• [0023]
    In accordance with a particular embodiment of the present invention location information in a wireless network for the purpose of identifying the locations of user WTRUs is augmented by use of information obtained from a diverse network.
  • [0024]
    In a further embodiment of the invention, data, such as GPS data, used to obtain location of the user's WTRU independently of the diverse network is combined with the data obtained by using the locations of the diverse network. The diverse network may be used to determine changes in location of the portable device by making correction adjustments to the secondary location data. This provides continuity of location information of the user's WTRU by combining the primary location data with the secondary location data.
  • BRIEF DESCRIPTION OF THE DRAWINGS
  • [0025]
    FIG. 1 is a diagram showing the implementation of an exemplary embodiment of the invention.
  • [0026]
    FIG. 2 is a diagram showing a modification of the present invention, in which GPS or other position data is used.
  • [0027]
    FIG. 3 is a flow diagram showing estimation of position in accordance with the present invention.
  • DETAILED DESCRIPTION OF THE PREFERRED EMBODIMENTS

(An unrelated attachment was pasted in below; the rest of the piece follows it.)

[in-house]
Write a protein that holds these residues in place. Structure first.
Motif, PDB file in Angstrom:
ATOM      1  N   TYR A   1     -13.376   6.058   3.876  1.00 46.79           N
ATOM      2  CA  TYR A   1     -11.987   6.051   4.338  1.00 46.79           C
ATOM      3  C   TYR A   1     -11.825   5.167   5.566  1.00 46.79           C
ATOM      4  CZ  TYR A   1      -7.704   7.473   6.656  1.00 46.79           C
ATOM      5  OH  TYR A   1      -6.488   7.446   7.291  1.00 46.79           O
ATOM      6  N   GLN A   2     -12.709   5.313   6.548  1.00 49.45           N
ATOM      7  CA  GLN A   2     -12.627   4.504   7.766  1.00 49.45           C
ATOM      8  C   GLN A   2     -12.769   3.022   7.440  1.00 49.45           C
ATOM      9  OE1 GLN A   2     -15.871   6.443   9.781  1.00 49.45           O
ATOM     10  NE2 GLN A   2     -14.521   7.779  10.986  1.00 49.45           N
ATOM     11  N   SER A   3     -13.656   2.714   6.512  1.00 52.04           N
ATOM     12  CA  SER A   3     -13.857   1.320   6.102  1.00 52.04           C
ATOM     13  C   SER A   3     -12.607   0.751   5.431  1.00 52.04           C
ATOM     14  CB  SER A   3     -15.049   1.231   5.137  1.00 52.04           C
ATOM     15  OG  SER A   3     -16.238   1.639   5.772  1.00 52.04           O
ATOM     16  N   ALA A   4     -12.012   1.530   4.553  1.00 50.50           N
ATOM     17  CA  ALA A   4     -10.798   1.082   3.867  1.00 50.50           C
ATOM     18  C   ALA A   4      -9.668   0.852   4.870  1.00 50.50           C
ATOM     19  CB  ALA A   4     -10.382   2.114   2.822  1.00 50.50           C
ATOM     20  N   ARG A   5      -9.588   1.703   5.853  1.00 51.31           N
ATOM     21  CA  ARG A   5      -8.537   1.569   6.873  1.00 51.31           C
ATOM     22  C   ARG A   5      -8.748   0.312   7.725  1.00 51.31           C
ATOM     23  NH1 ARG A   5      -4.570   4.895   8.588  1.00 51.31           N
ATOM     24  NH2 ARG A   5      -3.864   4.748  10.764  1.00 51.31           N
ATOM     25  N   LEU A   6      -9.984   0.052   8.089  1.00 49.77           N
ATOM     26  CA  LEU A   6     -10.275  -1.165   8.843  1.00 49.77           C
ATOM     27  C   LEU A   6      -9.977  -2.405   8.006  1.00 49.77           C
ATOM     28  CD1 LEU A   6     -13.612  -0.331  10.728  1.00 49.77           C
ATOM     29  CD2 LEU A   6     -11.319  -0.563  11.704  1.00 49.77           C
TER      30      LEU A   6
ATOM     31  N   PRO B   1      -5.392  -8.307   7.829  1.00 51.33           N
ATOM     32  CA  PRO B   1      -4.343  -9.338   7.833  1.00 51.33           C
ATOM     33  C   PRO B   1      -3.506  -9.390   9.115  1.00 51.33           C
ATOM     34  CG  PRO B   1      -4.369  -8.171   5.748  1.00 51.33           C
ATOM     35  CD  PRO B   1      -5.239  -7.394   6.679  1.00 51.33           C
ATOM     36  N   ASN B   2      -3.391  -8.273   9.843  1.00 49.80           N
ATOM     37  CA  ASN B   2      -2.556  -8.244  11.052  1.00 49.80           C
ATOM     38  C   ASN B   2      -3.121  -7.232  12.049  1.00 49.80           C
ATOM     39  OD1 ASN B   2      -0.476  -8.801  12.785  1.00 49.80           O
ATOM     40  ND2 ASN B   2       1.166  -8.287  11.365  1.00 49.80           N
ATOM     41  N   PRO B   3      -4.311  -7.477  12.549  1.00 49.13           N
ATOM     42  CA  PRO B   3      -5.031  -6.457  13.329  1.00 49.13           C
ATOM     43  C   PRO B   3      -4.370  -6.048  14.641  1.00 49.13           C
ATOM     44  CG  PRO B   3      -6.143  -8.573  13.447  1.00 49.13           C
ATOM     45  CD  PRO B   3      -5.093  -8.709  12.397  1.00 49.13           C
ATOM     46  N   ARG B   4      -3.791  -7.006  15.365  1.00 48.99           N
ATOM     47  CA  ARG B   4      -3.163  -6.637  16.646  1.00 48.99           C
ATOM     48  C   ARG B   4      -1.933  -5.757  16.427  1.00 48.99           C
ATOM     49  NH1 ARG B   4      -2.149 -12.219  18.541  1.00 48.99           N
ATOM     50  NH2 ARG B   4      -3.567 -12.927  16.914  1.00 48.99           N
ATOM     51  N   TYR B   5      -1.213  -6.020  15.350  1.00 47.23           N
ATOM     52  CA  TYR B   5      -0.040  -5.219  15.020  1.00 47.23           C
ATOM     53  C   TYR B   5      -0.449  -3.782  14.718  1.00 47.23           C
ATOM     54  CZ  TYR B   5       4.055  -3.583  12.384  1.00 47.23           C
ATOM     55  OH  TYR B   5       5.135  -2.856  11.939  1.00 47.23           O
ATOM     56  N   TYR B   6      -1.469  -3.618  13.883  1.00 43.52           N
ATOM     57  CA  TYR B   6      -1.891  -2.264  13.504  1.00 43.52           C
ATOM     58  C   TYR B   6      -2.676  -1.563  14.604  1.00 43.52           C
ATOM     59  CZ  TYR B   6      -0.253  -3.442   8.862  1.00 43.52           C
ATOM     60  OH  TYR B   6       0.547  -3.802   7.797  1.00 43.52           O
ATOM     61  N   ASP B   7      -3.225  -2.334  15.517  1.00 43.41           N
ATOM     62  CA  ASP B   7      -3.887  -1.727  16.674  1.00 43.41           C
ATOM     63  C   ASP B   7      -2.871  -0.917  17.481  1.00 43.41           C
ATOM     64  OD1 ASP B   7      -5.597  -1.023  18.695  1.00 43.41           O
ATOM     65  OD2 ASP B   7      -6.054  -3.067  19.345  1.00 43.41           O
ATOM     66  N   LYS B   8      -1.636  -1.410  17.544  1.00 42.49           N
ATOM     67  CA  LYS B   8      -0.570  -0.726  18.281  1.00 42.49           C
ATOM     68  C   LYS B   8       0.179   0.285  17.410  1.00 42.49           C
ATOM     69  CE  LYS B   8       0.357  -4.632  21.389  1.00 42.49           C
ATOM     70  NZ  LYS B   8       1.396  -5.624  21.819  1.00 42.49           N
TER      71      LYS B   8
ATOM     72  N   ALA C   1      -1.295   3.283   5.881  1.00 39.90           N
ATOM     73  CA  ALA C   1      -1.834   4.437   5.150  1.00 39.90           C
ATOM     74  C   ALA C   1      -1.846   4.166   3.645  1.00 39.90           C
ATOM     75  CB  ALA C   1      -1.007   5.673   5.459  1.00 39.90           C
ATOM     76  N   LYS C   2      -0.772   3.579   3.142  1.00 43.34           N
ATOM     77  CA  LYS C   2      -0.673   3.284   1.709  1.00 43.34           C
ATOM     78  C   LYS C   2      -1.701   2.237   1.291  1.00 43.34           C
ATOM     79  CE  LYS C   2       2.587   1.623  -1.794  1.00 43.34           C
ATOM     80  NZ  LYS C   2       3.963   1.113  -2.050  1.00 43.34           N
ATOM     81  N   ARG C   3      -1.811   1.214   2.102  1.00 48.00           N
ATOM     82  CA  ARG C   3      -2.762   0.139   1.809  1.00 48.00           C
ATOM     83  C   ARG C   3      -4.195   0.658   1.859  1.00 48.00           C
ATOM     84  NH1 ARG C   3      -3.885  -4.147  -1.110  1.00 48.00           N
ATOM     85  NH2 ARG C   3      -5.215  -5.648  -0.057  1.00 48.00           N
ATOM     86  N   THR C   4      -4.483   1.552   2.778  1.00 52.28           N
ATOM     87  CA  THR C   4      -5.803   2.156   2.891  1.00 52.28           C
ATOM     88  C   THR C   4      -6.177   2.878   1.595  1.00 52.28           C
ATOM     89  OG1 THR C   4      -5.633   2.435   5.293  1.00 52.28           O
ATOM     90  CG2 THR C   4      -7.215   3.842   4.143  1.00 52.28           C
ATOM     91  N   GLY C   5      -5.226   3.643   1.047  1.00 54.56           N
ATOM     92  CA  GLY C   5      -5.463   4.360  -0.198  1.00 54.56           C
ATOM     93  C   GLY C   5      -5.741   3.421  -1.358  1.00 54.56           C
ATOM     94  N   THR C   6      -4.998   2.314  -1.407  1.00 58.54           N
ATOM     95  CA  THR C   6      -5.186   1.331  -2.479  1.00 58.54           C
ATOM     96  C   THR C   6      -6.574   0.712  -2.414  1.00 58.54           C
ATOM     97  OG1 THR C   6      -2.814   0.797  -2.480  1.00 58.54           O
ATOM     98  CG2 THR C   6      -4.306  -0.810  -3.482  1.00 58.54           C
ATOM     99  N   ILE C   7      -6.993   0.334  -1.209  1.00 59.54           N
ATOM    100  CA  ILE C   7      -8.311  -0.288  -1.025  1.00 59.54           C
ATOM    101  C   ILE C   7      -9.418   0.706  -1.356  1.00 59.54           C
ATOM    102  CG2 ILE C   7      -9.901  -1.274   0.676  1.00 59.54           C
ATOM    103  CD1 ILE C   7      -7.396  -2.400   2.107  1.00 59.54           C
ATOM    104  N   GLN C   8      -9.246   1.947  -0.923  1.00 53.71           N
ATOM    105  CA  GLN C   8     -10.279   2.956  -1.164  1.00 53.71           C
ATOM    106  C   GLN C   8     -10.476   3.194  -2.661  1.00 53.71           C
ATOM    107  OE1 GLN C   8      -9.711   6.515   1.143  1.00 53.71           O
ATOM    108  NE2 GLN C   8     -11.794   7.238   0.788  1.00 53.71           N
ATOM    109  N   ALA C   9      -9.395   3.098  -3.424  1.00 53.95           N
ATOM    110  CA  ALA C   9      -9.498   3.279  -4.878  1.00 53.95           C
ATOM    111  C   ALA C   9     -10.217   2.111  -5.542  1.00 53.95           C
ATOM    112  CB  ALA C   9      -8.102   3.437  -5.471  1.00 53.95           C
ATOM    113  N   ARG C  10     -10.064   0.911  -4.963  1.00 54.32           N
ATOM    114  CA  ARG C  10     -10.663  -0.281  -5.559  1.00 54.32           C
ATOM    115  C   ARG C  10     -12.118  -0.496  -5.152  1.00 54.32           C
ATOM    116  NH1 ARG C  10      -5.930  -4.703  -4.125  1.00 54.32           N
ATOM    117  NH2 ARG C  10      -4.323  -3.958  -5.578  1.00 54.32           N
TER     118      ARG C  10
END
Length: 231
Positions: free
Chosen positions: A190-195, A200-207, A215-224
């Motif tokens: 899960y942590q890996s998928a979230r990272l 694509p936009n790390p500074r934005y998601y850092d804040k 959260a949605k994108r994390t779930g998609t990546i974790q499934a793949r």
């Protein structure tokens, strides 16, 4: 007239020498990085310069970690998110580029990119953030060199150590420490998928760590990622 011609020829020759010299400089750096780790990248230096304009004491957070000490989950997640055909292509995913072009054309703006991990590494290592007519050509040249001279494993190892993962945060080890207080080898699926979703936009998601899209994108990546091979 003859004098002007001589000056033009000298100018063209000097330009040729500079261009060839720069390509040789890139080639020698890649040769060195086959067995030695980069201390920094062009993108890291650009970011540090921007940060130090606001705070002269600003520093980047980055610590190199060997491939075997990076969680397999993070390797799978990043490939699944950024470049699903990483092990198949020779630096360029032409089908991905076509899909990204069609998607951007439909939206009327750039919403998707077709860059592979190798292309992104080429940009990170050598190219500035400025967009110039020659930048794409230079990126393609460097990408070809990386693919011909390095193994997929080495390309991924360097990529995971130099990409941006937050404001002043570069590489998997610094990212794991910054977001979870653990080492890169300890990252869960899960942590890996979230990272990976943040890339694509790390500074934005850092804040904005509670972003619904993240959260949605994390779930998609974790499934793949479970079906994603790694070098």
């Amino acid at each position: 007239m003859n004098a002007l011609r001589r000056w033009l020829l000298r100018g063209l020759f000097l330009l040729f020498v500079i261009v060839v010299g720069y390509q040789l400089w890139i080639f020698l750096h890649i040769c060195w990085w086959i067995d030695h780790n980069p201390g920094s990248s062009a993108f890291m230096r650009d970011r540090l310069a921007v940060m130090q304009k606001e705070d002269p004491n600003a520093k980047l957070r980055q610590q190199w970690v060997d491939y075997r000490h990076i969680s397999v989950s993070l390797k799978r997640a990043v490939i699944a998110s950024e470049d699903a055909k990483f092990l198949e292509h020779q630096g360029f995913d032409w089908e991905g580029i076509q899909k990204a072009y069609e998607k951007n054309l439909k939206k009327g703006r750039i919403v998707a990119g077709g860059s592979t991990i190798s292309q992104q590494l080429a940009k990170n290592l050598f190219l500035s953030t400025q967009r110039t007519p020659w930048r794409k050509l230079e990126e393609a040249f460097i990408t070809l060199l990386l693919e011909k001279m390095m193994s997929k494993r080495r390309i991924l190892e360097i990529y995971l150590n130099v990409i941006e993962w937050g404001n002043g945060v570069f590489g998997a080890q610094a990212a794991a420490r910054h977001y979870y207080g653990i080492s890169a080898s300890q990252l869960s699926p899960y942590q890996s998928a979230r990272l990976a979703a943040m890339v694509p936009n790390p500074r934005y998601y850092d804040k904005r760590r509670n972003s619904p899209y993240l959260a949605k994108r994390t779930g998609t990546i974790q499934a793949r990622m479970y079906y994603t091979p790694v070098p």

• [0028]
    The invention provides an extension of location detection and location based services to a multi network environment where the user location is determined with greater accuracy due to new information being available, and location information is shared across multiple networks to aid location based services in one network using the location information obtained in another network.
  • [0029]
    Location detection and location services are traditionally, defined only in the context of a single network and single mechanism to determine the user's location. This invention allows user location estimates from multiple networks to be used together to get a better estimate of the user location, as well as sharing of the location information from one network to enable location based services in another network.
  • [0030]
    The present invention makes location estimation much more accurate by making use of location estimates from multiple networks to increase accuracy of the estimate. Since there is more information available in the case of multiple networks more accurate estimation can be obtained. For instance, location estimation in WLAN coverage can be accurate down to a few feet (a meter), whereas the accuracy in UMTS is only accurate over several meters. If the two networks shared this information, it would be possible to know where a user is in UMTS system is down to a few feet.
  • [0031]
    Another benefit of the invention is that location information from one network can be transferred to another and enable location based services.
  • [0032]
    FIG. 1 is a diagram showing the implementation of an exemplary embodiment of the invention. A wireless radio network 11 includes a cellular network controller 12, and a plurality of base stations 13, 16. A WTRU 21 is able to communicate with one or more of the base stations, such as base station 14 depicted in FIG. 1. Typically communication is maintained by the WTRU 21 with a single one of the base stations except during handoff or other special circumstances.
  • [0033]